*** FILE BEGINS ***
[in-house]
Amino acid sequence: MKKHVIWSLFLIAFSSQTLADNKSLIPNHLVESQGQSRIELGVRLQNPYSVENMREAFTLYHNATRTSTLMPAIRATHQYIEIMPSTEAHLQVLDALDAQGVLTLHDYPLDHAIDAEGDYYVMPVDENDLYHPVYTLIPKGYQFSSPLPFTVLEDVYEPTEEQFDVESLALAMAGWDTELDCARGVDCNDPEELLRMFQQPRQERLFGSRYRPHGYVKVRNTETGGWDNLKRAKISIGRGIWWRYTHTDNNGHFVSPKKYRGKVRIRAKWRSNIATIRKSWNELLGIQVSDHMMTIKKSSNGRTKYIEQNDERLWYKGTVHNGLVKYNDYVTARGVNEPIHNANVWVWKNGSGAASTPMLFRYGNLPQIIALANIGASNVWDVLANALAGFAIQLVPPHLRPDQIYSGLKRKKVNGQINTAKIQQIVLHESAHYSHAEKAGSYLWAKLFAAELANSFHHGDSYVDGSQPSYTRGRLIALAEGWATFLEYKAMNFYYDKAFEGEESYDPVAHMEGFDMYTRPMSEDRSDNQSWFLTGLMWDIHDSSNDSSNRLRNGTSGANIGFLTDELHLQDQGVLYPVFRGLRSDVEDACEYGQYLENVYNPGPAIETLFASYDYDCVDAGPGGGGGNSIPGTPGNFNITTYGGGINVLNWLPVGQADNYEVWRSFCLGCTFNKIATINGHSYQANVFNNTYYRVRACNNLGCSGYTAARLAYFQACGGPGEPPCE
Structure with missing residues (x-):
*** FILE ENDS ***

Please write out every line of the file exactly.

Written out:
[in-house]
Amino acid sequence: MKKHVIWSLFLIAFSSQTLADNKSLIPNHLVESQGQSRIELGVRLQNPYSVENMREAFTLYHNATRTSTLMPAIRATHQYIEIMPSTEAHLQVLDALDAQGVLTLHDYPLDHAIDAEGDYYVMPVDENDLYHPVYTLIPKGYQFSSPLPFTVLEDVYEPTEEQFDVESLALAMAGWDTELDCARGVDCNDPEELLRMFQQPRQERLFGSRYRPHGYVKVRNTETGGWDNLKRAKISIGRGIWWRYTHTDNNGHFVSPKKYRGKVRIRAKWRSNIATIRKSWNELLGIQVSDHMMTIKKSSNGRTKYIEQNDERLWYKGTVHNGLVKYNDYVTARGVNEPIHNANVWVWKNGSGAASTPMLFRYGNLPQIIALANIGASNVWDVLANALAGFAIQLVPPHLRPDQIYSGLKRKKVNGQINTAKIQQIVLHESAHYSHAEKAGSYLWAKLFAAELANSFHHGDSYVDGSQPSYTRGRLIALAEGWATFLEYKAMNFYYDKAFEGEESYDPVAHMEGFDMYTRPMSEDRSDNQSWFLTGLMWDIHDSSNDSSNRLRNGTSGANIGFLTDELHLQDQGVLYPVFRGLRSDVEDACEYGQYLENVYNPGPAIETLFASYDYDCVDAGPGGGGGNSIPGTPGNFNITTYGGGINVLNWLPVGQADNYEVWRSFCLGCTFNKIATINGHSYQANVFNNTYYRVRACNNLGCSGYTAARLAYFQACGGPGEPPCE
Structure with missing residues (x-):